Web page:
White parents say they want their kids to go to integrated schools. But when they’re given the power to choose, schools tend to be more segregated. This week on NEXT, we’ll dig into a recent report on school choice. And we hear from a mother who says her son was on the losing side of school integration. Plus, a soldier exposed to secret nuclear weapons tests during the Cold War returns to college at 83.

Do Parents Really Want School Integration?

Third-graders work on a math program in the library at Sanchez Elementary School in Hartford. (Ryan Caron King / Connecticut Public)

A new report says the majority of U.S. parents want schools that are racially and economically integrated. But in districts where parents have school choice, schools tend to become more segregated.

“Part of the reason for that is that parents are ranking things like school safety and academic quality higher than integration,” said Eric Torres, a PhD student and co-author of the report from the Making Caring Common Project at Harvard University’s Graduate School of Education. 

But some of the metrics parents use to evaluate quality and safety are not accurate, Torres said.

Hartford, Conn., has been held up by researchers and U.S. education officials as a model for school integration. The capital city, predominantly black and Latino, is mostly surrounded by white suburbs. More than two decades ago, in a court case called Sheff v. O’Neill, the Connecticut Supreme Court ruled that Hartford’s black and Latino children were at a huge disadvantage because their schools were racially segregated. 

After the Sheff decision, publicly-funded magnet schools were built in the Hartford area as a way to voluntarily integrate schools and attract white families. Admissions were decided by lottery, with a requirement that white or Asian students had to comprise 25 percent of a magnet school’s student body.

Since then, thousands of city and suburban students have gone to magnet schools. But Kamora Herrington’s son Isaiah is not one of them. 

“My kid was not able to go there because we did not win a lottery,” said Herrington, who is black and a community advocate in Hartford.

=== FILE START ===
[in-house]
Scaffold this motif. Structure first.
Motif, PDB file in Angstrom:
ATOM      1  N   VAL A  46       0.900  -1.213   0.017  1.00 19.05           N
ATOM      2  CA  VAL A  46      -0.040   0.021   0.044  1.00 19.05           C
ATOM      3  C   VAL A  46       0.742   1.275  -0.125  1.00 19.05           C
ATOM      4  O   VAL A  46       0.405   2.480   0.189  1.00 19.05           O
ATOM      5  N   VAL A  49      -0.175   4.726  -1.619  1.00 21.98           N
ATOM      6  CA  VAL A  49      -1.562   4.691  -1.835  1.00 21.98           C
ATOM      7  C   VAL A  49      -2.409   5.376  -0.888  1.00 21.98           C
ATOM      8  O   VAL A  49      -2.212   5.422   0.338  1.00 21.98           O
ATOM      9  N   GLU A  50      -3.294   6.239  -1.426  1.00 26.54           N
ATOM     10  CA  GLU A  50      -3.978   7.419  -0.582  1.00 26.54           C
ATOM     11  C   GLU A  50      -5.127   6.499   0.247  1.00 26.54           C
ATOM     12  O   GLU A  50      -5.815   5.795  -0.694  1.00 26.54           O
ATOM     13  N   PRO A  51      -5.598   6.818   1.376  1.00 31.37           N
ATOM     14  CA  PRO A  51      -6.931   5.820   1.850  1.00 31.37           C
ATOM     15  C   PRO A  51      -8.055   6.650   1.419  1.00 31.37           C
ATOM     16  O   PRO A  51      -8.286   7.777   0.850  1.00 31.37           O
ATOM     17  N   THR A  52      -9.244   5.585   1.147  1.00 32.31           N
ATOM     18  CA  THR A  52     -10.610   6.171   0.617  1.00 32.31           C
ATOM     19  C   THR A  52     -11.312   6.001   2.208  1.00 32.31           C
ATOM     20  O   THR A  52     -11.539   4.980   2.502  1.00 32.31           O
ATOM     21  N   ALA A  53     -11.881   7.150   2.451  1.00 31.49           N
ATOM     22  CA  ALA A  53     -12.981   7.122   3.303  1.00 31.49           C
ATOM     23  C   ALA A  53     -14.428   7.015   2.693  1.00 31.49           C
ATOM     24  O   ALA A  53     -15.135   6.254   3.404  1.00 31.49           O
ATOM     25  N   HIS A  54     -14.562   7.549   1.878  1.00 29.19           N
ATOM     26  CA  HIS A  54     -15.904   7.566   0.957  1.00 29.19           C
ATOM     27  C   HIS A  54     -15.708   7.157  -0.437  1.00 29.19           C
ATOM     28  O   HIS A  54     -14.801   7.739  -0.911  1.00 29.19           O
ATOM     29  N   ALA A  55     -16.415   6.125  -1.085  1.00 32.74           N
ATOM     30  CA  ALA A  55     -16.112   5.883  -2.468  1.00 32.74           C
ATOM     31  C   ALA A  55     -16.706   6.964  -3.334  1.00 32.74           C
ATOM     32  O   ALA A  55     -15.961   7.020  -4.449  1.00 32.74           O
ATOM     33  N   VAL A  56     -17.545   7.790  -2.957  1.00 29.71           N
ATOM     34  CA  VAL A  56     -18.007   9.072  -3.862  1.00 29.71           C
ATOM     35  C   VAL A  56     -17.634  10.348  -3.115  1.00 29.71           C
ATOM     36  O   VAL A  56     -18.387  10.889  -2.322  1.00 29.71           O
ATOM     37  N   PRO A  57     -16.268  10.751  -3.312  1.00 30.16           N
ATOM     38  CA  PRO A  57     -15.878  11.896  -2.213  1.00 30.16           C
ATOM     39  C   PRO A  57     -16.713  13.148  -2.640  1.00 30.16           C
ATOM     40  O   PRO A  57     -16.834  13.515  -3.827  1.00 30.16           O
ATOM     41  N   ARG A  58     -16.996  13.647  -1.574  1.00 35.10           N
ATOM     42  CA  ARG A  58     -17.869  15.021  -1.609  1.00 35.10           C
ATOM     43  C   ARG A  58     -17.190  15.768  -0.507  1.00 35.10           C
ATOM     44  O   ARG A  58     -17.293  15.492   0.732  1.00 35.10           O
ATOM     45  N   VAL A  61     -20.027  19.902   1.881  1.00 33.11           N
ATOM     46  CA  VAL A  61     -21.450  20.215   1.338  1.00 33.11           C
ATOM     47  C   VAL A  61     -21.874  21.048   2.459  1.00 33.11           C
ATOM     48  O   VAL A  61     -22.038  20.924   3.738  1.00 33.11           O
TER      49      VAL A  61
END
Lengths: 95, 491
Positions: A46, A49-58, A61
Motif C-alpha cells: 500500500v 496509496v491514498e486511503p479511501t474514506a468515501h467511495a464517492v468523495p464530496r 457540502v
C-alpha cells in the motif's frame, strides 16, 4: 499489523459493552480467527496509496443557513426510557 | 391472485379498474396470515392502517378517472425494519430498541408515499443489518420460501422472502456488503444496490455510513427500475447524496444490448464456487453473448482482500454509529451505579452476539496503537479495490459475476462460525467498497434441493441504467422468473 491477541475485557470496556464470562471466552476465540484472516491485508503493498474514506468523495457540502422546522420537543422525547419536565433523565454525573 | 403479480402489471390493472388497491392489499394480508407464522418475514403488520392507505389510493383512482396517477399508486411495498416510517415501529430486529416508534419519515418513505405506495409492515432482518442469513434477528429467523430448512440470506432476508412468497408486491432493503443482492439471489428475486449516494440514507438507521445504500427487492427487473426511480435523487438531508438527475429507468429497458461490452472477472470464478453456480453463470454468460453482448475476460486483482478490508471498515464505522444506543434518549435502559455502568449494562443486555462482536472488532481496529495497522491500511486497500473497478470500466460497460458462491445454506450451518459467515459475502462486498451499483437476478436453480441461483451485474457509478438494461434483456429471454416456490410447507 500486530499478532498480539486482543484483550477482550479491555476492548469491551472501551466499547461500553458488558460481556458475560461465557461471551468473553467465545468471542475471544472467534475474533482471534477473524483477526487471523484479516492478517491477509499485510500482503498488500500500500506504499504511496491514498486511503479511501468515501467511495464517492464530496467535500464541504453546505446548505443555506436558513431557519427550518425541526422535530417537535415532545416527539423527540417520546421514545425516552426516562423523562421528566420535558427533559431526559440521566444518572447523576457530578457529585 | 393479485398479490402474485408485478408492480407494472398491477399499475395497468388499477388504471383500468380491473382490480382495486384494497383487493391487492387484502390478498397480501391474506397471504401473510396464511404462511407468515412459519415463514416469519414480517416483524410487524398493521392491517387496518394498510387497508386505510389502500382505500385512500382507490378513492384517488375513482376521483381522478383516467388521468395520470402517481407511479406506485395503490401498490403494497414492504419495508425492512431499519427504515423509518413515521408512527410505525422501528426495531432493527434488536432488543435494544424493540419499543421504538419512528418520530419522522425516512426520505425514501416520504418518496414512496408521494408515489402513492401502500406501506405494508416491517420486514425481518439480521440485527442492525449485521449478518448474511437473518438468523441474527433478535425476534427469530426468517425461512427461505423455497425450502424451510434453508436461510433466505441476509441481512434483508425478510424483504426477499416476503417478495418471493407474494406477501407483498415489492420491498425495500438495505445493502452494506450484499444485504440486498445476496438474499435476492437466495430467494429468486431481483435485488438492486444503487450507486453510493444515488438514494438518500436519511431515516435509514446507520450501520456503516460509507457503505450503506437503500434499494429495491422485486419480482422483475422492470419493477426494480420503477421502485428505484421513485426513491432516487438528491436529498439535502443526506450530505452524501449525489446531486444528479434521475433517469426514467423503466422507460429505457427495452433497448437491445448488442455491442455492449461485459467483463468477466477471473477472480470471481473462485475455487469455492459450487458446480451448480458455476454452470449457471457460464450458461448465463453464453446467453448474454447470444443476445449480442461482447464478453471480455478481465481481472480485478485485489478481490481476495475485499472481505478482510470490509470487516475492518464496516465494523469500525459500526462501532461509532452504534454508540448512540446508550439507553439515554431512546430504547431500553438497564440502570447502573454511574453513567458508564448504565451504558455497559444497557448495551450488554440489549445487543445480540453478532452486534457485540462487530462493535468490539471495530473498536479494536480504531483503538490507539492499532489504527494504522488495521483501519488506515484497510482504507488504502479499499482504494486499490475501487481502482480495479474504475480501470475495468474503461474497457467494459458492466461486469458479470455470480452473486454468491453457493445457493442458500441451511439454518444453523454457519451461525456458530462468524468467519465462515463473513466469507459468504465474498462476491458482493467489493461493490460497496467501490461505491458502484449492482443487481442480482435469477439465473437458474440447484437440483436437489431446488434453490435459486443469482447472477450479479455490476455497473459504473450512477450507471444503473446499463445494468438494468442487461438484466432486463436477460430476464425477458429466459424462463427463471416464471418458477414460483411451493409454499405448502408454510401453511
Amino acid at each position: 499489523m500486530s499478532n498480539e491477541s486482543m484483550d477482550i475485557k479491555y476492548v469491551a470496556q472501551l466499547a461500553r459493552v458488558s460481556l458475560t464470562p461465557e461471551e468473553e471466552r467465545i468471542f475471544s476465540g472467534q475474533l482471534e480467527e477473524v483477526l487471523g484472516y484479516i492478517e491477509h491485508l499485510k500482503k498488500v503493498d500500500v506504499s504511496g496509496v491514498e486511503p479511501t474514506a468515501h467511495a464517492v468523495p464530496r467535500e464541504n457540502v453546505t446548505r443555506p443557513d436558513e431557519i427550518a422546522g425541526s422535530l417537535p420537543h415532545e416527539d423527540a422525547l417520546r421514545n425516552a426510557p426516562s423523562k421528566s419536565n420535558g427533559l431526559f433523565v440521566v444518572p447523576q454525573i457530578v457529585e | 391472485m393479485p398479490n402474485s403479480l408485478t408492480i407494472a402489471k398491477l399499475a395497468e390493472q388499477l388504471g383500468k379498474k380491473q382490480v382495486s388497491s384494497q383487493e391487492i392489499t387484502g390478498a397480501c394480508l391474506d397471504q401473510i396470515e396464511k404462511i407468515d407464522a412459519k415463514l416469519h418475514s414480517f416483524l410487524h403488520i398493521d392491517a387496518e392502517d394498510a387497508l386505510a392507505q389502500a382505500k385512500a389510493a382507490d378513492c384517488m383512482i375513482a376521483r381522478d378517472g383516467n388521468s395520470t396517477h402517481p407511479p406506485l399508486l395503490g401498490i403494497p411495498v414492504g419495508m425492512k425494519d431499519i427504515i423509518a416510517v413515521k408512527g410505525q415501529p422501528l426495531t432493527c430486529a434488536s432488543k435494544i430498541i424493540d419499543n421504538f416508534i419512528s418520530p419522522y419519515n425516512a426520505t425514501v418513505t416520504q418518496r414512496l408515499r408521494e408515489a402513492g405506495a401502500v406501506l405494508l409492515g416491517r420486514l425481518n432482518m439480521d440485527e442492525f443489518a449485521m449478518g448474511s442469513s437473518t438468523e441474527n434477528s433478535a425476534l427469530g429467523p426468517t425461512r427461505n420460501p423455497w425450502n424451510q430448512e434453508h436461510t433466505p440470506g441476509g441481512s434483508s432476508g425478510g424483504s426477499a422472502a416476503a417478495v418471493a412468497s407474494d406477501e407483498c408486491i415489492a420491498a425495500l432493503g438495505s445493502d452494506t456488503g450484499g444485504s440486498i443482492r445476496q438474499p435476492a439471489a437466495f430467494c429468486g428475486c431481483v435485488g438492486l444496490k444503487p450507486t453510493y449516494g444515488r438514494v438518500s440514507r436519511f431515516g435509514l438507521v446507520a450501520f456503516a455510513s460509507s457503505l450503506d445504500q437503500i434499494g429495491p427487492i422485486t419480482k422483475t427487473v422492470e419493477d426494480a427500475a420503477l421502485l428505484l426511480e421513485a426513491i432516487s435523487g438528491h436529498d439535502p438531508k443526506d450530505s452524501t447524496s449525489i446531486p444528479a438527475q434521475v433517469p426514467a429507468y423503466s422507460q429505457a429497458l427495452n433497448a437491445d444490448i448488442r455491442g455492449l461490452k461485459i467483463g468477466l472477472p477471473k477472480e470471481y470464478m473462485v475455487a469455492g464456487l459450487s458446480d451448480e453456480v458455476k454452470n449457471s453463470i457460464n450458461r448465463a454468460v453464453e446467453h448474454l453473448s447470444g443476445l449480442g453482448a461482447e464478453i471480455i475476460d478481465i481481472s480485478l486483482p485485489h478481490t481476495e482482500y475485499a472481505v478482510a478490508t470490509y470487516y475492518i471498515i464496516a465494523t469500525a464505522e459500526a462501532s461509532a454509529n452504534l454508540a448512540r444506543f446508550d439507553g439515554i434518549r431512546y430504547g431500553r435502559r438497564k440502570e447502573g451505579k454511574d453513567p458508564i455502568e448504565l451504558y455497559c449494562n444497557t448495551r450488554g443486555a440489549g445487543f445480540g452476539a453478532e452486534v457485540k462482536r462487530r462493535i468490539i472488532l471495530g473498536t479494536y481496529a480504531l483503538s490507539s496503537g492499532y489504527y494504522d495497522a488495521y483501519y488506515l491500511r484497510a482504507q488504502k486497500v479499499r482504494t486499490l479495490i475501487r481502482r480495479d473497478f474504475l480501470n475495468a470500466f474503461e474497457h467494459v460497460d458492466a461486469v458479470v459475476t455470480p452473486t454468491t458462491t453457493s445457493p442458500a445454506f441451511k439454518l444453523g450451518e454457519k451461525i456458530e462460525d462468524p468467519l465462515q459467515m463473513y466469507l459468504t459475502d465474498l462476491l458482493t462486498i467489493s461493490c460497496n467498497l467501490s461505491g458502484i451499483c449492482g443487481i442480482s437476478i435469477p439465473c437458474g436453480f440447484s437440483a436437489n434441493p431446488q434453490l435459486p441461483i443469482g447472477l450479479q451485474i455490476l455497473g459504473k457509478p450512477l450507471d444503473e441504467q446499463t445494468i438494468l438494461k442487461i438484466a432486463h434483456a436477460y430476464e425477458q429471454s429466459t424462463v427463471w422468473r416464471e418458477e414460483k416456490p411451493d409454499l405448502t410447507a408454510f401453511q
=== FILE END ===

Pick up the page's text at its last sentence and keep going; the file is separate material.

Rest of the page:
Herrington told NEXT that she entered her science-minded, 8-year-old son into the lottery multiple times hoping he would win a seat into the environmental sciences magnet school right across the street from their home. But he was never chosen.

“Lots of little white families were able to send their children,” Herrington said.

This year, 38 percent of Hartford children who entered the lottery did not get in, according to The Connecticut Mirror. But in January, there was a settlement in the Sheff desegregation case. The state agreed to open up more spots for Hartford students in magnet schools, and it switches up the lottery system to focus on a family’s socioeconomic status.

Feds Increase Immigration Agents In Boston, Other Sanctuary Cities

An agent from Immigration and Customs Enforcement keeps watch at the side of a house while other agents from ICE search inside for a suspect in the Boston area. (Michael Dwyer / AP)

U.S. Customs and Border Protection agents have been deployed to Boston from across the country to assist Immigration and Customs Enforcement. ICE says the agents are needed to help with enforcement in sanctuary cities like Boston. The additional agents will help arrest undocumented immigrants with criminal records, according to Todd Lyons, the acting director of ICE’s Boston Field Office.

WBUR immigration reporter Shannon Dooling talks to NEXT about the latest developments.

Whose History? Statehouse Art Collection Draws Scrutiny For Lack Of Diversity

Addison County Sen. Ruth Hardy with a portrait of Madeleine Kunin, Vermont’s only female governor. Hardy has introduced a bill to create a taskforce to diversify the Statehouse’s portraiture, which currently includes three women and no people of color. (Elodie Reed / VPR)

The Vermont Statehouse is where lawmakers conduct the people’s business. And it also happens to be one of the most-visited museums in the state. In taking a closer look at the art that hangs on the Statehouse walls, some politicians have noticed a theme: virtually all of the building’s framed portraits are of “old, white guys.”

Also on this week’s show:

About NEXT:

NEXT is produced at Connecticut Public Radio
Host/Producer: Morgan Springer
Executive Editor: Vanessa de la Torre

Senior Director: Catie Talarski
Contributors to this episode: Carrie Jung, Shannon Dooling, Peter Hirschfeld, Patrick Skahill, Diane Orson and Davis Dunavin.
Guests: Eric Torres and Kamora Herrington.
Music: Todd Merrell, “New England” and Crazy” by Goodnight Blue Moon, “By The Phone” and “Rock With Me” by West End Blend and “On My Way To You” by Noelle Micarelli.

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